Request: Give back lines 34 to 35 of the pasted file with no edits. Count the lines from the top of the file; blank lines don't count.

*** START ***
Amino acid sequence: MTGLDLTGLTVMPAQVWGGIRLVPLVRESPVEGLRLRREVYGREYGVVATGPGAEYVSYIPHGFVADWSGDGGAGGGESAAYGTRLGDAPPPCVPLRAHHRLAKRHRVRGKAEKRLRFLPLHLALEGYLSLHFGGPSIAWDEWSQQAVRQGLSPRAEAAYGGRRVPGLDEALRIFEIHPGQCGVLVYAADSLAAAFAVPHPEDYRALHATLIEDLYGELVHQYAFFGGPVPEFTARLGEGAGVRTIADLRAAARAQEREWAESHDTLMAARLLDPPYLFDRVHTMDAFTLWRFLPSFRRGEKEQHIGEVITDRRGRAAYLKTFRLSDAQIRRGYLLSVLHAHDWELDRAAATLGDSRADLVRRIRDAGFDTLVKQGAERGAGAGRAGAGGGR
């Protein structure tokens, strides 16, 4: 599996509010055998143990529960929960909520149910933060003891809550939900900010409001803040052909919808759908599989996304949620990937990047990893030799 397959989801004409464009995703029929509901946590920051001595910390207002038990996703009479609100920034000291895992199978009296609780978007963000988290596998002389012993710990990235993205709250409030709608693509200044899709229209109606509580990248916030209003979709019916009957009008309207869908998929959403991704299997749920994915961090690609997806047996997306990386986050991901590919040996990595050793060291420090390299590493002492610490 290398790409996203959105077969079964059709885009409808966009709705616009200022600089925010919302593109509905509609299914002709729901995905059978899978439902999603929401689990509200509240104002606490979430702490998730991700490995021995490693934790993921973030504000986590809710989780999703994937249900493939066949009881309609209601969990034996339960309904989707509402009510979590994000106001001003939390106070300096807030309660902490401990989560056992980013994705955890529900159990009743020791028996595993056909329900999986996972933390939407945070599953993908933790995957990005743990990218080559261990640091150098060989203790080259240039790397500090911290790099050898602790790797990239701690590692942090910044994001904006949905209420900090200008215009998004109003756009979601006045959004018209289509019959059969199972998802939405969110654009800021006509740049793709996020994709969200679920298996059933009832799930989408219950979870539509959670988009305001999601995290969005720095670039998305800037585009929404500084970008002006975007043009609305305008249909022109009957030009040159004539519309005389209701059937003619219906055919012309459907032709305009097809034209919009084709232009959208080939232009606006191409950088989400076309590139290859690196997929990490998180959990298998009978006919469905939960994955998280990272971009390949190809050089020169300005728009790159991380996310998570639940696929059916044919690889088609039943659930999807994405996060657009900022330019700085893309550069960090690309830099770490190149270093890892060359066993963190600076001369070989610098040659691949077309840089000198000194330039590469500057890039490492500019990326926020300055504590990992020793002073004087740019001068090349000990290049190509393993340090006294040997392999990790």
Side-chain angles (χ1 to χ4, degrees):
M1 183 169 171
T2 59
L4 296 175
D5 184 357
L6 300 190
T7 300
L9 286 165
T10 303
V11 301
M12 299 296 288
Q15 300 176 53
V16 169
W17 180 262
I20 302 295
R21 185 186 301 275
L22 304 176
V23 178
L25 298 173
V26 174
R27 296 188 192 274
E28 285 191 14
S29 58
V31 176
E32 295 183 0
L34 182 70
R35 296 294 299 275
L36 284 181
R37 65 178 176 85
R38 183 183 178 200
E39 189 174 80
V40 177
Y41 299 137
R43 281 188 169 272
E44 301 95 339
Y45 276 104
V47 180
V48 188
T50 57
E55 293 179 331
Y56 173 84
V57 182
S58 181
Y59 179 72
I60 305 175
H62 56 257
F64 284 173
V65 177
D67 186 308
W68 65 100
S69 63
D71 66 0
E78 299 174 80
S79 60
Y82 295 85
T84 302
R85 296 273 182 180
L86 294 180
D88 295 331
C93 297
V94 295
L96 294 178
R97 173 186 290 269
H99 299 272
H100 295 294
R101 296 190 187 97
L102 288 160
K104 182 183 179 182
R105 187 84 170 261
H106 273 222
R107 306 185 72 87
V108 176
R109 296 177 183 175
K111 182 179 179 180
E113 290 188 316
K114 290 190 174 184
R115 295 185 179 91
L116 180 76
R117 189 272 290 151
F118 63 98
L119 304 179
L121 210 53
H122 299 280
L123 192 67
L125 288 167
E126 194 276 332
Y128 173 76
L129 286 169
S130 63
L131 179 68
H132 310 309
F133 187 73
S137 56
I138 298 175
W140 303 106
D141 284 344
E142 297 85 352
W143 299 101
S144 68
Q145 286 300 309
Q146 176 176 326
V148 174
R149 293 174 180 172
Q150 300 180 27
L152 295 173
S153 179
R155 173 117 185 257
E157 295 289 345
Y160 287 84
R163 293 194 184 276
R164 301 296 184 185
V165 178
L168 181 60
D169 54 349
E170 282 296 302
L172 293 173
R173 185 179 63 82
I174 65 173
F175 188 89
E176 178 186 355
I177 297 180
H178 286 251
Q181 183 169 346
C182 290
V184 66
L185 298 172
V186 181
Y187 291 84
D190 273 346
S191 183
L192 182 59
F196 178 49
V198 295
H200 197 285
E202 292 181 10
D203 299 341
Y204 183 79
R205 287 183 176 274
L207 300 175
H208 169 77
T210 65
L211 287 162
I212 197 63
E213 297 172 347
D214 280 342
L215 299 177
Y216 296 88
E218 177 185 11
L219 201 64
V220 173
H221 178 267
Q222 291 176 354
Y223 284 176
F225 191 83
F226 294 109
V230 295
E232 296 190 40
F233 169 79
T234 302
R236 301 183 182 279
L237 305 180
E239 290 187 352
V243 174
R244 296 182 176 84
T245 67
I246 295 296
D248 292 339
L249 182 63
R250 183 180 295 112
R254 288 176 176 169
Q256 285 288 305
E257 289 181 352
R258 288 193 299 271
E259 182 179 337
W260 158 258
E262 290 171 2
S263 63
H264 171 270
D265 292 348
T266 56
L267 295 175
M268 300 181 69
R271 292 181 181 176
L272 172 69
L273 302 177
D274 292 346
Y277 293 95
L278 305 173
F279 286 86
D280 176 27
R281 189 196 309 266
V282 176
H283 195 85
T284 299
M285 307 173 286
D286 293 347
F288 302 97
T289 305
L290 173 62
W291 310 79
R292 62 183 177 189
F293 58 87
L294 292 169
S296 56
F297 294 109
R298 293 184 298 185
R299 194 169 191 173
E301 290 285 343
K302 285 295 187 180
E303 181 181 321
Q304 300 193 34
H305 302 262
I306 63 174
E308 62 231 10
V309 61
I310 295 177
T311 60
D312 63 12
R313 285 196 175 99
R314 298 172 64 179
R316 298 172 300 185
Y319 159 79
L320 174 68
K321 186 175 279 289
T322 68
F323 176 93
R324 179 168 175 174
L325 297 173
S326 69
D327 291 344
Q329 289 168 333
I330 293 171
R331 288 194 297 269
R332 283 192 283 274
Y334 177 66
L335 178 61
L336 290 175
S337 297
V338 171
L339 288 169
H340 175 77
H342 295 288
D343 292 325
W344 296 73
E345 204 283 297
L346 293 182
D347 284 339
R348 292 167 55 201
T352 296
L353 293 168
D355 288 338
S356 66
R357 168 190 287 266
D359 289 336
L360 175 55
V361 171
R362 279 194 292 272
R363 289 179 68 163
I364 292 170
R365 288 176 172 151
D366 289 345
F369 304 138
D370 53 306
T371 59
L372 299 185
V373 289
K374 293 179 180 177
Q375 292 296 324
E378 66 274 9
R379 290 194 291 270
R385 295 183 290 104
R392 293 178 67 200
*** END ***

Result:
V40 177
Y41 299 137